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Salt and your health: What are the facts?

For thousands of years, salt has been used in medical treatments, traced all the way back to the Greeks, Romans and Egyptians using it to treat wounds, skin irritations and mouth sores. In modern day medicine, a concentrated form of salt water (saline solution) is often used in surgeries, cleaning incisions, optometry, dentistry, and even used intravenously.

So how is it that salt is so helpful for the body? As a chemical, salt (sodium chloride) forces cells to expel liquid out of the body when it comes into contact, even if those liquids contain bacteria. This process is called osmosis. Effectively, the sodium chloride dehydrates damaged cells, making it antibacterial and anti-inflammatory. Salt also helps to carry nutrients into cells, support the transfer of nerve impulses in the brain and central nervous system, balance electrolytes and fluids, regulate acid balance in the body, regulate blood pressure, and more.

Salt and salt water has many uses in medicine. For mouth health, gargling salt water (approximately one teaspoon in 250ml) can temporarily alkalize the mouth, deterring bacteria from proliferating. It can heal mouth ulcers and sores, eliminate tonsil stones, improve bad breath, and boost general mouth and gum health. However, swallowing too much salt water can be detrimental to health, because the osmosis forces internal water out of the body cells, and dehydrates the body.

In the field of optometry, saline solution is used regularly. Contact lens wearers often carry saline solution with them, as the eye drops can help with dry, irritated eyes. The sodium chloride can reduce swelling of the eye for certain conditions, by drawing fluid out of the cornea. Saline can also be used temporarily as a contact lens cleaner (not long term), though it must be the sterile saline solution purchased from pharmacies, as opposed to a home mix.

Salt is regularly used for conditions of the nasal passage and sinuses, as a spray or a rinse. Those who suffer from hay fever may find a saline nose spray helpful, as it not only clears the nasal passages, but curbs inflammation of mucus membranes. Similarly, a nasal wash (such as a Neti pot, a plastic squirt bottle, or a bulb syringe) can rinse the nasal passages of pollen and other inflammatories, and help to thin mucus. These solutions can be mixed at home (so long as the water has been previously boiled, and the salt has no additives) but it’s safest to purchase from a pharmacy or chemist. Over-the-counter nasal saline solutions may be isotonic, which means the solution has the same level of saline as in the human body, or hypertonic, with a higher concentration of saline. Speak to your pharmacist to see which is best for you.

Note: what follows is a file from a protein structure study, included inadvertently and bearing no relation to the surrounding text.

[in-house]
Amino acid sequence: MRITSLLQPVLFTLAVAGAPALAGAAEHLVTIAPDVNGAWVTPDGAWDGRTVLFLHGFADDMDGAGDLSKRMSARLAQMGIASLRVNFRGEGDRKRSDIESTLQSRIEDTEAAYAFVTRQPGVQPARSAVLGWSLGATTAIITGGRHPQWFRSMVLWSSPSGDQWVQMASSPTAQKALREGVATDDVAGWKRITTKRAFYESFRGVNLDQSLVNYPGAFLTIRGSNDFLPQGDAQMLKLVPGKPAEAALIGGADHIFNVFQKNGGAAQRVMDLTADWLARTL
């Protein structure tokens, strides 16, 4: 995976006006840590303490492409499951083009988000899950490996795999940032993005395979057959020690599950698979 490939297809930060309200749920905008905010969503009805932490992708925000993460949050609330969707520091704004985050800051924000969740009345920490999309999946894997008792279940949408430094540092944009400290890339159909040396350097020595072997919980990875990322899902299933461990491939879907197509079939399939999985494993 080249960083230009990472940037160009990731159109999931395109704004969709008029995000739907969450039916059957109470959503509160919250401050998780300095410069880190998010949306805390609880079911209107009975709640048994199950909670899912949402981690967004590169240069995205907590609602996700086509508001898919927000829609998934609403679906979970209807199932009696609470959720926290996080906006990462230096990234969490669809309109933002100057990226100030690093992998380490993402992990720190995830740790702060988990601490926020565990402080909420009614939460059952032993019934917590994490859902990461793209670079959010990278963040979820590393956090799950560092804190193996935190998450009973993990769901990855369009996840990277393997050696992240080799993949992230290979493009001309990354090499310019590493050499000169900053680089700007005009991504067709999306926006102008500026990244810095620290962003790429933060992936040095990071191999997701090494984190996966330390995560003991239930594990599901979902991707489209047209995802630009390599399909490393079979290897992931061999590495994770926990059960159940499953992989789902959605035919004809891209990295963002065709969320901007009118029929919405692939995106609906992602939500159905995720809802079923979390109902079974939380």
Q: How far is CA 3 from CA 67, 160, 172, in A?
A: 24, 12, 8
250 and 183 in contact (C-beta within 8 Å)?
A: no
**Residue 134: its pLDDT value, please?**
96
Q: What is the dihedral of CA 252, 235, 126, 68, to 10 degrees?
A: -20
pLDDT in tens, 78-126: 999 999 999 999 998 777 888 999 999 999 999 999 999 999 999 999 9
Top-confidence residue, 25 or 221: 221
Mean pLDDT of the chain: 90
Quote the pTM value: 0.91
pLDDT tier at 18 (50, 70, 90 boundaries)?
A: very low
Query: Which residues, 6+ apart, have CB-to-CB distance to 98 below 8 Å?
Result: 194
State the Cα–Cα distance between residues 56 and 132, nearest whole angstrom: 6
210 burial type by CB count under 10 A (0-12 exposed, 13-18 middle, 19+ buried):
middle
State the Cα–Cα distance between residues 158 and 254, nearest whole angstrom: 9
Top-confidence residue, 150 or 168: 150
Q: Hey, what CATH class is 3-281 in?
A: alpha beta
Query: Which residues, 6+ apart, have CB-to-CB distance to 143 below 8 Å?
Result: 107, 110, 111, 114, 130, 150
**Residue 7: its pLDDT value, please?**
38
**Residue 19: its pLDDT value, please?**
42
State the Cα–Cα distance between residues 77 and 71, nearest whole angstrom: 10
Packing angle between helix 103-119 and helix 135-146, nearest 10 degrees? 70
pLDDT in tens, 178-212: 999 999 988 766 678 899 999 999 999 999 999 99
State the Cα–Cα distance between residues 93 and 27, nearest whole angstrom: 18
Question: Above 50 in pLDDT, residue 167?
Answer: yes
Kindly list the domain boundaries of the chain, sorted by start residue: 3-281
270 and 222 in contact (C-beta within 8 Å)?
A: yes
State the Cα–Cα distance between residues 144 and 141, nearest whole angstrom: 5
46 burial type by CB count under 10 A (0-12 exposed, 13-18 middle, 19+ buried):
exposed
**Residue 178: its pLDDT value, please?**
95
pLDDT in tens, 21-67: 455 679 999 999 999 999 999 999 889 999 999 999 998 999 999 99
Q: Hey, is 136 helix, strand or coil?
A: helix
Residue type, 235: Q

On an even greater scale, salt aids in lung and respiratory health. In patients with Cystic Fibrosis or bronchiectasis, hypertonic saline can be inhaled as a nebulized medication. Salt is also used in halotherapy (salt therapy) as patients breathe in pharmaceutical grade salt, to benefit lung and respiratory health. The anti-inflammatory and antibacterial properties of the salt can aid symptoms of various respiratory conditions, such as asthma, cold and flus, bronchitis, and more. Particles of salt help to loosen the excessive mucus, and the osmosis process can remove pathogens and bacteria.

Salt can also help treat skin conditions, as it has for thousands of years. Hospitals commonly use sterile saline water to irrigate and clean wounds, as it’s gentle enough to not damage healing tissue. For rashes and irritations, saline can have benefits, whether it’s bathing in salt water, a dip in the ocean, or halotherapy. Salt therapy can help to reduce the symptoms of eczema and psoriasis, by helping to improve skin’s good bacteria, while stimulating cell regeneration and exfoliation.

So not only is it a delicious addition to flavored dishes, it’s also an important part of your health and wellbeing. To experience some of the benefits of salt, book yourself in for a salt session today.

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